A photo and an aphorism

April 17, 2022 • 2:53 pm

Nearly every day I pass this church walking home; I know it’s woke because of the signs it puts up occasionally. However, this sign particularly irritated me because of the section I’ve highlighted:

The instant I saw this I thought (not in these exact words),

“Okay, let’s make religion as intelligent as science. Take atheism versus religion. Adherents to the former don’t believe in an afterlife, but many believers do. Can you empirically falsify either position? If you’re an atheist who dies, if you were wrong you’ll know, for you’ll presumably be conscious that you’re living on in some form. But if you’re religious and you’re wrong, you’ll have no way of knowing, because you’ll be dead meat and won’t know anything.”

To take a Popperian stance, believers’ acceptance of an afterlife cannot be falsified, but the atheist stand can be.  Ergo, acceptance of the afterlife is not “scientific” to the religious.

Now there’s much more to say about this, and I’m sure some will disagree. For example, you can take a Bayesian approach and look for evidence that strengthens or weakens your belief. But crikey, it was just a thought, so don’t beat me up.  And you can hedge the “afterlife” in some ways that make my argument senseless.

Still, the claim that you can make religion as intelligent as science is poppycock. The former is based on faith, dogma, and authority; the latter on empirical evidence. Note, though, that in the last post I maintained that religion is largely based on empirical claims that in principle might be tested, and in some cases have been—and refuted (no creation, no Exodus, no Flood, etc.)

If you ask me what observations would make me reject evolution, I’ll give you a big list. (No such observations, however, have been made.) If you ask an Evangelical Christian, an Orthodox Jew, or a pious Muslim what would make them reject their faith, they will more likely than not say, “Nothing, for I know it’s true!” This is the stand of Tish Harrison Warren in the last post.

Happy Easter/Ramadan/Passover! (Today they coincide, which explains all the antitheism on the site).

26 thoughts on “A photo and an aphorism

  1. Even more annoying are the religious who claim that the Church invented science and art, and want to take credit for it all.

  2. If it has no creed, is it a church or social club for the vaguely spiritual? Or is the statement on the notice board itself a creed?

    1. Yes I was struck by the ‘has no creed’ part of the statement. A church for non-believers perhaps?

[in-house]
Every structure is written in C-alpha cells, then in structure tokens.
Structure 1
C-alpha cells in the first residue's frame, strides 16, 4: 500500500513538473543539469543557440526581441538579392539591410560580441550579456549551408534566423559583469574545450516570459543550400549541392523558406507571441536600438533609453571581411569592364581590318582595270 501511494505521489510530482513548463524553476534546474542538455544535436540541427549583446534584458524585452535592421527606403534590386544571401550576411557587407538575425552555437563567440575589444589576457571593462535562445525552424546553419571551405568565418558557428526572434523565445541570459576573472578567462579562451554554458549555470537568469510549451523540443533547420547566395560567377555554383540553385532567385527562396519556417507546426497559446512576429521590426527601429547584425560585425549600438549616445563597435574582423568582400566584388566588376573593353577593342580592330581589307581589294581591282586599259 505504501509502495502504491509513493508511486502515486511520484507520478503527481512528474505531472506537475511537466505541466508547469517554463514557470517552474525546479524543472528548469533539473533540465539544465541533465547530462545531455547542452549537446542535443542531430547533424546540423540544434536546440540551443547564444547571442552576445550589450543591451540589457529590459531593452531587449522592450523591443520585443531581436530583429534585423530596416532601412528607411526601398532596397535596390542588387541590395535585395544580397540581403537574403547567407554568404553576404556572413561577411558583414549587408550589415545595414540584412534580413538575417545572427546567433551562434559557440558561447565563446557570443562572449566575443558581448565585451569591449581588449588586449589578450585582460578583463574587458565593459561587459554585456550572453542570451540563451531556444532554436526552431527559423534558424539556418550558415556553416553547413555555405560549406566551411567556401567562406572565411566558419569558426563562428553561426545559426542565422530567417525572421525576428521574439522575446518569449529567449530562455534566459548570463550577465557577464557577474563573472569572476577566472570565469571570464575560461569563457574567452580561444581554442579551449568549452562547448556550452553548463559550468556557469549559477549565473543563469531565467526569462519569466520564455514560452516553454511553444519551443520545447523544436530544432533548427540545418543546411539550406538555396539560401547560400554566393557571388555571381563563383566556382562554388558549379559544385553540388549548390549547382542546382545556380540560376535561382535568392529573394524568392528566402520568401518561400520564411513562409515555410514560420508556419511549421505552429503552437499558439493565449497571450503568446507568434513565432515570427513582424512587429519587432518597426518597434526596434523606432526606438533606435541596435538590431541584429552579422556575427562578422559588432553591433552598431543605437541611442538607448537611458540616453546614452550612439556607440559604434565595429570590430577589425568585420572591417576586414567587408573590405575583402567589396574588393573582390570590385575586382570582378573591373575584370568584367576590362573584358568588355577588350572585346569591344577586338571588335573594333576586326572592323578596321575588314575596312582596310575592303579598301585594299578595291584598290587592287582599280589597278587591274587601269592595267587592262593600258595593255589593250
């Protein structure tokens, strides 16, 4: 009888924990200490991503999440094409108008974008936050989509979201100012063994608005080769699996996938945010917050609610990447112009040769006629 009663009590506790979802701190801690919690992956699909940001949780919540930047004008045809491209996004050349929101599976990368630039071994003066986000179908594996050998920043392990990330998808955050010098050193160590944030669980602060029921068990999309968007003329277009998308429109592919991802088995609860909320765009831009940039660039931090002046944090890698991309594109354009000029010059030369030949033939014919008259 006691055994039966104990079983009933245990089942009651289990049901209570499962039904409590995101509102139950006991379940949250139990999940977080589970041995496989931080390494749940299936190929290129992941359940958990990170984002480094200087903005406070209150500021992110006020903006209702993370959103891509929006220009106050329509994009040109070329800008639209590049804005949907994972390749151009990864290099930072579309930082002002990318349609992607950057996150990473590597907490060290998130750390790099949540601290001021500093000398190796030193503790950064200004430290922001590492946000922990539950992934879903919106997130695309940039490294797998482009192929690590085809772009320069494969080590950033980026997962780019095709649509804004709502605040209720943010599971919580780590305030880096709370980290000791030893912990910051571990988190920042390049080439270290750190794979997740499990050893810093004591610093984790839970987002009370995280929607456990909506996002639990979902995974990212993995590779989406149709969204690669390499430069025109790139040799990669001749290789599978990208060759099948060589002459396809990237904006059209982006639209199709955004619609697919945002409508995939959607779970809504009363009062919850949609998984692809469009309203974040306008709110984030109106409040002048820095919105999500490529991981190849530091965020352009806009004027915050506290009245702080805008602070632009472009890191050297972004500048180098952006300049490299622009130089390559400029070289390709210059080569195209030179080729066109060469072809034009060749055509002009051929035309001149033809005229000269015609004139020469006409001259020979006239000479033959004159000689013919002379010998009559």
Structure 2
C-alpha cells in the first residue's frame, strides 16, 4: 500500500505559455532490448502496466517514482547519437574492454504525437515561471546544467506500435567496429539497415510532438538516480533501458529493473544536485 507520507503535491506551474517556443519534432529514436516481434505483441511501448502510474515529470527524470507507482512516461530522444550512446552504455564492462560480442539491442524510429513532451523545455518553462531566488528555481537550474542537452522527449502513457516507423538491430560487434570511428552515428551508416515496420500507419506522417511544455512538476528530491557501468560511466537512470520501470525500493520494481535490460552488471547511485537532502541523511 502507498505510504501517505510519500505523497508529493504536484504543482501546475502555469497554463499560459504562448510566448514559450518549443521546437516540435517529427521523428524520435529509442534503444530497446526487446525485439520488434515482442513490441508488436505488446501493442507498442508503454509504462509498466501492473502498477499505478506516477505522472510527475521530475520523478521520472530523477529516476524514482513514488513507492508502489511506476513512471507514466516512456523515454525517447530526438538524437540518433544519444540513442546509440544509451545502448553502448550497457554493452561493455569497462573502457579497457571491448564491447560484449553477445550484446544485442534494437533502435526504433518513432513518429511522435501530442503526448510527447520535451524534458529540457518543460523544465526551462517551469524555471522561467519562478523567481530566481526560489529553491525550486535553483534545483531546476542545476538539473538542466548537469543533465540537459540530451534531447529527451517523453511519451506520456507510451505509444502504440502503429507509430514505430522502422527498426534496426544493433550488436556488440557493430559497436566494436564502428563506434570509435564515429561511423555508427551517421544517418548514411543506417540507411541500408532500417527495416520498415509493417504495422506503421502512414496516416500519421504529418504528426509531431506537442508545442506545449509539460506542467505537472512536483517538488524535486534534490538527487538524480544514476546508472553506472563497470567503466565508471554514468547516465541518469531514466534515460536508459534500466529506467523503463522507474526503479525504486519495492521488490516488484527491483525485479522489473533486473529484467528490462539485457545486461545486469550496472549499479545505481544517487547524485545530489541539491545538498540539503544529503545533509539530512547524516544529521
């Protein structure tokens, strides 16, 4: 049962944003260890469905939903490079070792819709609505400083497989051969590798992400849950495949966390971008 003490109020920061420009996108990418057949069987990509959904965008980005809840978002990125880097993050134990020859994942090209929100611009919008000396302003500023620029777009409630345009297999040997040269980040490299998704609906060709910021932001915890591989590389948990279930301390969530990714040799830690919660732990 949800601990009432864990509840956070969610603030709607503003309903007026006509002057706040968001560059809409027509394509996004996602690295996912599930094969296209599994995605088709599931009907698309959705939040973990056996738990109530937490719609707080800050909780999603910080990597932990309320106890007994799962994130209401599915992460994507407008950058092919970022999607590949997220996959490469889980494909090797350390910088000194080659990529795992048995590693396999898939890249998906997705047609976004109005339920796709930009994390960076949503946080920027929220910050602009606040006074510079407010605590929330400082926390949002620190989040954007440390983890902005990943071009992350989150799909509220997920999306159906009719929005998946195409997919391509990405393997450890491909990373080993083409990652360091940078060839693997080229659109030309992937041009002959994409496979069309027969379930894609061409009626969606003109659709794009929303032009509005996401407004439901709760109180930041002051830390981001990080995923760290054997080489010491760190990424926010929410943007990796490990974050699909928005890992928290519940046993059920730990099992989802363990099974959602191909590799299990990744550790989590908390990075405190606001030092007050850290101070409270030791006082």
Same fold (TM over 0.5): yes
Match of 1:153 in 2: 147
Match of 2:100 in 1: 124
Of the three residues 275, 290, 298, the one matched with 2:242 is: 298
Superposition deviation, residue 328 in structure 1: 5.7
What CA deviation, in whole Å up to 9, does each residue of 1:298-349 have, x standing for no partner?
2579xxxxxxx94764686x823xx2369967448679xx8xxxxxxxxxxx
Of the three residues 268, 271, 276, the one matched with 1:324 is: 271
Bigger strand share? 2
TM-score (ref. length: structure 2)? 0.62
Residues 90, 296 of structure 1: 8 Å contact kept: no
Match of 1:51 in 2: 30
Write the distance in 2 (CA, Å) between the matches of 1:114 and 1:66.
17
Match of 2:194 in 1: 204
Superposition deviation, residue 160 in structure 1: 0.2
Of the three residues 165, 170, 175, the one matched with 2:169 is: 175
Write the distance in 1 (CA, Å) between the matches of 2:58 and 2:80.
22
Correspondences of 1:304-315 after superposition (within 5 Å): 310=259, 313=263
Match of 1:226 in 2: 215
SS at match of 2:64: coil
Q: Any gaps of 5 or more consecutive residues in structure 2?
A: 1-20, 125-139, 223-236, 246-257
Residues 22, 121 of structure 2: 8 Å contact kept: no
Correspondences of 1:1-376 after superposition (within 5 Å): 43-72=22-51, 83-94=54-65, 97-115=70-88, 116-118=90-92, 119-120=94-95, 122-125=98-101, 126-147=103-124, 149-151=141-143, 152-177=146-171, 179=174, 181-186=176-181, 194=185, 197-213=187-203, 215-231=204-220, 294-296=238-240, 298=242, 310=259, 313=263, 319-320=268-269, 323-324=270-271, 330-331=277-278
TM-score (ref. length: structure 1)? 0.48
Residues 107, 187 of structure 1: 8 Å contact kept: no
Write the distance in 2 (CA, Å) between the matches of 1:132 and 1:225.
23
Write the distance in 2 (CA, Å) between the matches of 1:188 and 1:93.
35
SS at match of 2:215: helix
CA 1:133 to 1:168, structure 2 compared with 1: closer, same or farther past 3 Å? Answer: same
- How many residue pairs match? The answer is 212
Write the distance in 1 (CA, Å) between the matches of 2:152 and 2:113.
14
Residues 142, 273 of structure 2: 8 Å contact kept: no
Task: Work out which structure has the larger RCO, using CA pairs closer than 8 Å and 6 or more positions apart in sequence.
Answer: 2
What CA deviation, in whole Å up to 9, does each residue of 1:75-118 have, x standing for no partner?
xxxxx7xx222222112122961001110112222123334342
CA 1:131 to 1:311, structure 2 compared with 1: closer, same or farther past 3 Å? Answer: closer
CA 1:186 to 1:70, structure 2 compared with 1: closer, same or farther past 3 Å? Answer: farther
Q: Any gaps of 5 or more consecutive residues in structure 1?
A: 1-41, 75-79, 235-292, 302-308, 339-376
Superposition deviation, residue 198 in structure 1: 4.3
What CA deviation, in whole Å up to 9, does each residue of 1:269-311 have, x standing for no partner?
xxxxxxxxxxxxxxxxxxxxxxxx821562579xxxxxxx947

3. I’ve wasted too much of my day trying to find out if souls go to heaven upon earthly death to be joined by the physical glorified body upon the 2nd coming, or do souls sleep, waiting for the 2nd coming and the rapture?

    Did Old Testament believers have to wait until the 1st coming of JC, or are they still hanging tight until JC 2.0? According to one interpretation, they were hanging around in Abraham’s bosom, JC preached to them for 3 days in the 36 hour window between moving the cave rock back and forth.

    I was stunned to find the source text to be vague and contradictory.

  4. I am not arguing against your position here but merely want to point out that the church only “seeks” to make religion as intelligent as science, whatever that means. I suppose anything can be made more intelligent. For religion, they would just have to remove a few of the more ridiculous components. They could do one every weekend and the church might still have a long life.

    1. A friend of mine went to a church that claimed to welcome skeptical inquiry. But in reality, if your questions got too touchy, you were politely asked to shut it or go elsewhere. He got out. I don’t blame the church; but perhaps, they should not have claimed that they were open to advanced questioning. There’s got to be some limit, although badly defined.

      1. That church should have handed out a list of acceptable questions. On the other hand, any serious discussion of religion should not take place in a church but on neutral grounds. Good name for a coffee shop: Neutral Grounds.